(16 April 2014, Arab News)
We’ve been hearing more about Saudi Arabia lately, both as a place where people collect illicit antiquities and more recently as a place that is dealing with their own looting and trafficking problems. It sort of changes the outside narrative people have of Saudi. Interestingly, the items being returned were in the possession of US citizens who used to work for a Saudi oil company.
(UK) (16 April 2014, ITV)
These are the people who allegedly stole Chinese antiquities from six UK museums and auction houses including the Fitzwilliam in what seemed like a very strange crime spree at the time.
(15 April 2014, Ahram Online)
A shameful slap on the wrist for a man who knowingly tried to flog Egyptian antiquities stolen during the 2011 revolution. Neil Kingsbury lied directly to Christies, providing a totally false provenance, to sell stolen goods and all the UK does is give him a fine that costs less than his plane ticket to Egypt. Egyptians should be mad. Britons should be ashamed.
(15 April 2014, The Guardian)
A welcome call for the UK to ratify The Hague convention for the protection of cultural property in the event of armed conflict. I bet most in the UK would assume they had…
(16 April 2014, The Greek Reporter)
An interesting ‘what-if’ story but very one sided reporting with no consultation with art/Van Gogh experts. As we know Van Gogh was no secretive about what he was painting at any given time, he was very chatty with his brother about it all. I don’t know how much room there is for truly unknown Van Goghs.
(16 April 2014, Dalje)
Croatia believes that the return of cultural property should be a part of negotiations on EU membership, even items stolen before 1993. Cites items taken from Croatian museums in 1991–1995. Many returned pre-2008, but only 100 post 2008. Specifically this is targeted at Serbia’s EU candidacy.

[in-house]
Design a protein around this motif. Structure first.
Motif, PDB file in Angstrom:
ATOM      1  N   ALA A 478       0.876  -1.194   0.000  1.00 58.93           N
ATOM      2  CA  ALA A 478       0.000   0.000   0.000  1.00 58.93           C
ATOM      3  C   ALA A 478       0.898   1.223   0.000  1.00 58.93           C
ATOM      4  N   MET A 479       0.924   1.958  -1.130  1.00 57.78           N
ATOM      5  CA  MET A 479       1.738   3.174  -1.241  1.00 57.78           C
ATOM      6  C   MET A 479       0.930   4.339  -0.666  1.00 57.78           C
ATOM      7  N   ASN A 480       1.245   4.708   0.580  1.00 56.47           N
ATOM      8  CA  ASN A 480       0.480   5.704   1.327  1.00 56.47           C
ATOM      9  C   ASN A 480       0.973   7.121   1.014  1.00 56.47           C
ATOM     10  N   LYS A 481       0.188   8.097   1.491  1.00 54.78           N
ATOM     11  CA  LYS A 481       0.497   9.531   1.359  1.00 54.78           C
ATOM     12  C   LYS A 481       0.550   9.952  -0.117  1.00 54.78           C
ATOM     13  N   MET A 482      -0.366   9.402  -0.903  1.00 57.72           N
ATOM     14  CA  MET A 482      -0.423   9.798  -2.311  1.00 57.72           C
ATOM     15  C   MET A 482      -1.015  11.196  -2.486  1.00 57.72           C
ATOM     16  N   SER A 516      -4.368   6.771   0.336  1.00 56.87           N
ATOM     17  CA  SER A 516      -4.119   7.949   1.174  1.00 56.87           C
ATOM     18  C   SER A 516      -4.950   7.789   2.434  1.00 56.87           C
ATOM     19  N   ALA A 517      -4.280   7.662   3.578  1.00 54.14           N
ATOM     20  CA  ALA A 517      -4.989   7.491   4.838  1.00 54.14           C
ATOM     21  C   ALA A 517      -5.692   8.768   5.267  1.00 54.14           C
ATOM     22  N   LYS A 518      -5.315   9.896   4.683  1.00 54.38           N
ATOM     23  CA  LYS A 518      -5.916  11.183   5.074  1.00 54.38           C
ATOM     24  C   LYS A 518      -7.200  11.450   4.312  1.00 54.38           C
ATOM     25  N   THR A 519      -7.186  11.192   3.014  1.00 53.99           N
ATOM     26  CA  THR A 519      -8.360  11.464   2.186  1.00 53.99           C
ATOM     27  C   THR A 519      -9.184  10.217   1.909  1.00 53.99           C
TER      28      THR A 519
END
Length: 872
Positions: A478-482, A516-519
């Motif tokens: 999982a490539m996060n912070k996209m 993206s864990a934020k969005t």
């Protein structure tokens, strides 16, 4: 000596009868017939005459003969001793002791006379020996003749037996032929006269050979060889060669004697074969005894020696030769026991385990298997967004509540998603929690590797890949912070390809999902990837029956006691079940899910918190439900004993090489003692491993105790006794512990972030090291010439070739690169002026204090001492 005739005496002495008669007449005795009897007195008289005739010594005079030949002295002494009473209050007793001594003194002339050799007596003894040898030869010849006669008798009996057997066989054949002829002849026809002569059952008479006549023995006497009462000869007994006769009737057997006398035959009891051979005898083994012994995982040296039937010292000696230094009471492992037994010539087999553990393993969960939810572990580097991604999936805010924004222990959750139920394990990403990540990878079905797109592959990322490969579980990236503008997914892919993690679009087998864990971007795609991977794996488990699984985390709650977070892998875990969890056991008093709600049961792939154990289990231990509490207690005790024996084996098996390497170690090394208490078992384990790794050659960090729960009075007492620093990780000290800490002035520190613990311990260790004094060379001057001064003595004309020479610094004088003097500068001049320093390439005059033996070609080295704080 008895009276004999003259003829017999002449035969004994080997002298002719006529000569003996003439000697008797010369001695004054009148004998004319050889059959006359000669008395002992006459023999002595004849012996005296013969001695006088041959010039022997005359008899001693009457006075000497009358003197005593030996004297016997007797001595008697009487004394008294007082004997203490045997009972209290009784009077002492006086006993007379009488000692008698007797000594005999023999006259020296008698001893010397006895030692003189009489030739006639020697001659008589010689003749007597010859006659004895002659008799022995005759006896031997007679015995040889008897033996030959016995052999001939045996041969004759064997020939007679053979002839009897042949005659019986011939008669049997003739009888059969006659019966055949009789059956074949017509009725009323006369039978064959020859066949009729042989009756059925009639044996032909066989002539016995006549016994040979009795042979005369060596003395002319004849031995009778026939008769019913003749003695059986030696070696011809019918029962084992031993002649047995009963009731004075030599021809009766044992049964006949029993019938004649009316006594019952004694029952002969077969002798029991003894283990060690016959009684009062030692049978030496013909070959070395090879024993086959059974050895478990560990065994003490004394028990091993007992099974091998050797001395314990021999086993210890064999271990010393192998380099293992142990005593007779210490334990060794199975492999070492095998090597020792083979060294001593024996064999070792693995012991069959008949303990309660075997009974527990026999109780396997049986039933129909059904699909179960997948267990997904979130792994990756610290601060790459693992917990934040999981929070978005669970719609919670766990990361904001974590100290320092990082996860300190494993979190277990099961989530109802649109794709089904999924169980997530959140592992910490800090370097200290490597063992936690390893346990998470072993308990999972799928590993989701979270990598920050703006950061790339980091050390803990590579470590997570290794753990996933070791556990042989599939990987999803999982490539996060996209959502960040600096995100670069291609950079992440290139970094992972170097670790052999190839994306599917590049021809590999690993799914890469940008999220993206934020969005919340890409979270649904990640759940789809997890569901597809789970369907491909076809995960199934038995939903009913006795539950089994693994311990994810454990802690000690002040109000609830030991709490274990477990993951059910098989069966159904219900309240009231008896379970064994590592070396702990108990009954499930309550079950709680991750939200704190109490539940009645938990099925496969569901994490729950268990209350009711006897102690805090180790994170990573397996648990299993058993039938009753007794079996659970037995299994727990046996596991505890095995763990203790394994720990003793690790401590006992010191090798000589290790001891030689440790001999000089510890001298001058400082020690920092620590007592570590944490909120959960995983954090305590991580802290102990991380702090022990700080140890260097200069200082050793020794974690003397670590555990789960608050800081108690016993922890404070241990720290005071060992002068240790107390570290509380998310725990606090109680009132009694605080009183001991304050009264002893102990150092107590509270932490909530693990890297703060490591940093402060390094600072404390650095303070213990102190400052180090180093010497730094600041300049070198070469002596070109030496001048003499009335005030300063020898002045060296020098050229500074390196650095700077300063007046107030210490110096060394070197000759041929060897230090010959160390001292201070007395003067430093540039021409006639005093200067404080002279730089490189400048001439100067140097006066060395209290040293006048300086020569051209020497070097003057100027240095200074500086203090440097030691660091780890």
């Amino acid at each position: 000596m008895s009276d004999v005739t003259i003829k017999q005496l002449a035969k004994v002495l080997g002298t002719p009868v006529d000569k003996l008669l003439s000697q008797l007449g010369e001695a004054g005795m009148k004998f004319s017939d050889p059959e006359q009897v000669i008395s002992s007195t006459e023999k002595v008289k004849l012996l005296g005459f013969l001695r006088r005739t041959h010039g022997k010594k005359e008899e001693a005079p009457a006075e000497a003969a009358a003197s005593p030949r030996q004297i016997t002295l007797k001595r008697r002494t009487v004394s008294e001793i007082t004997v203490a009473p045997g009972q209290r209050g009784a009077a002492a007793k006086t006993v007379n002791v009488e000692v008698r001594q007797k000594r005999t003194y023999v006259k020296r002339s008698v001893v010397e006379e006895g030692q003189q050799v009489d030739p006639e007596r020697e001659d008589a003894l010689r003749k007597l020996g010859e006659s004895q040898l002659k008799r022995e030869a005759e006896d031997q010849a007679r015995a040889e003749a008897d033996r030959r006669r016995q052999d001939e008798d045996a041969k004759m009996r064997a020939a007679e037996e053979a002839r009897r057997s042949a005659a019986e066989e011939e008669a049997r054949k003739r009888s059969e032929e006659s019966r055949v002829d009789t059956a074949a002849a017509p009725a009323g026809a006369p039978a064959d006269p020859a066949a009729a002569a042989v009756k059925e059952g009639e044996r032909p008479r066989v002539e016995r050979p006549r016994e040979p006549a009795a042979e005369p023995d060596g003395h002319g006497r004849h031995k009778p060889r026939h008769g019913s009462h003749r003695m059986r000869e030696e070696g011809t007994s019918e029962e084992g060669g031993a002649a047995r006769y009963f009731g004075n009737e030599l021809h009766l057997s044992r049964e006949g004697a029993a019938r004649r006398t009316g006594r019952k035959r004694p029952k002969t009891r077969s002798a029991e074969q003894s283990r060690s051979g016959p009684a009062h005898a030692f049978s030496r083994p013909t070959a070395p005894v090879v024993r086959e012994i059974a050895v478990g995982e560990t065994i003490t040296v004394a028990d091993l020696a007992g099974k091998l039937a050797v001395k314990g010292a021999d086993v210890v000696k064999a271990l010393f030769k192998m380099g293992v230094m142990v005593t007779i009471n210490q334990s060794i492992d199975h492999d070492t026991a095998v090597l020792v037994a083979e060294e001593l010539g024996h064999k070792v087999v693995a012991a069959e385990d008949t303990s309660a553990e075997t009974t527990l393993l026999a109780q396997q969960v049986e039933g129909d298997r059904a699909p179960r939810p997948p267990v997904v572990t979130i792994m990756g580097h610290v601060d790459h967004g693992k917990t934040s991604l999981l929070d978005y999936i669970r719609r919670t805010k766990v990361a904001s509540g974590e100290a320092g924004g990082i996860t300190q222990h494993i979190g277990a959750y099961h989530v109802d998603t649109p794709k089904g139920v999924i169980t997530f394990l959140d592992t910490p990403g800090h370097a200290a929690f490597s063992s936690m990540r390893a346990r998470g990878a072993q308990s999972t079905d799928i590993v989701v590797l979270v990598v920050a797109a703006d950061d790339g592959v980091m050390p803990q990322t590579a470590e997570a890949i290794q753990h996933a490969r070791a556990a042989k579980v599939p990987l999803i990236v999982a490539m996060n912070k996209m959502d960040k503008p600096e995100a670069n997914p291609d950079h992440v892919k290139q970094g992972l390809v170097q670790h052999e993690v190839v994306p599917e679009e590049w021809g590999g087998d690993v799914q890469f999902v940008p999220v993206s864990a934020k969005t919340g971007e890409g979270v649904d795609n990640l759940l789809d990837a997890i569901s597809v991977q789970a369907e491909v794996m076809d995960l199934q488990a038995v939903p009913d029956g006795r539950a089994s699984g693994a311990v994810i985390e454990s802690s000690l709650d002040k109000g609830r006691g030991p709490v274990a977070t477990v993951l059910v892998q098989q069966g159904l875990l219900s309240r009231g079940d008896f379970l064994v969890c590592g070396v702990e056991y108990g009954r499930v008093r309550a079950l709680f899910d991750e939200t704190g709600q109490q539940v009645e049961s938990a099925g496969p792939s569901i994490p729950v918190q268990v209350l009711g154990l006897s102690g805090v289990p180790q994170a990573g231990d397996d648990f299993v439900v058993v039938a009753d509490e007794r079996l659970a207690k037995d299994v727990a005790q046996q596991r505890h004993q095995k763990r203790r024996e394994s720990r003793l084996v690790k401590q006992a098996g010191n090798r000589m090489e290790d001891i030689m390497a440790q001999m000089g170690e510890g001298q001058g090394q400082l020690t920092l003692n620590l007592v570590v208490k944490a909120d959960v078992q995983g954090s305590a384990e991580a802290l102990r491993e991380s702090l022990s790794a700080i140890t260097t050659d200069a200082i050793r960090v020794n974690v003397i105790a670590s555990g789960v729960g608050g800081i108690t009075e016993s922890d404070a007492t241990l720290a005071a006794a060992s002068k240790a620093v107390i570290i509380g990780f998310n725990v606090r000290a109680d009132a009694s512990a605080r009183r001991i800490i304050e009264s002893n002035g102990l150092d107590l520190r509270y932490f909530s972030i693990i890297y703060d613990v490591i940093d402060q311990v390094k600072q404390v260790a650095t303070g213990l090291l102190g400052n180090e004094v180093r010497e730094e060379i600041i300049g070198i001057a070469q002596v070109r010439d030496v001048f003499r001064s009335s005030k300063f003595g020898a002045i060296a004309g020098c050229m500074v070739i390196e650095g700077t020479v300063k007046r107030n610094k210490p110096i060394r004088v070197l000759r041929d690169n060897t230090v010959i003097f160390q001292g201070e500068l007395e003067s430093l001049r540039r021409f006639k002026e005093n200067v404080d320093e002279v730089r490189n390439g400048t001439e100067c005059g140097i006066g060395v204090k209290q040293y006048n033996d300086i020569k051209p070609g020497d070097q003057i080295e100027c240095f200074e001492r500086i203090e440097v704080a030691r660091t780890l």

(14 April 2014, BBC News)
Sale of around 40 objects seized from Hitler’s home was called off after the intervention of a variety of groups. Interestingly, French government got involved and “referred to France’s official ban on the public display of objects linked to Nazi ideology”.
(14 April 2014, ArtNet)
Seventy-eight missing paintings by Hanna Waynerowksa have been found in Santa Rosa. They were left to a Polish museum in Switzerland in her will but her family did not turn the paintings over due to high shipping cost and emotional attachment.
(17 April 2014, New York Times)
Mostly about returns to Sicily, especially Morgantina, but other sites mentioned as well. The quote James Cuno in an interesting way and his true views of the situation don’t really come out. He also uses the term ‘nation-state’ incorrectly but everyone does that.
(14 April 2014, Reuters)
Sounds like quite a massive amount of stuff, although I imagine they are getting their numbers by counting every bead of the necklaces.
In other news
(Peru; Spanish) (13 April 2014, El Peruano)
Peru has released guidelines to help prevent the trafficking of fossils.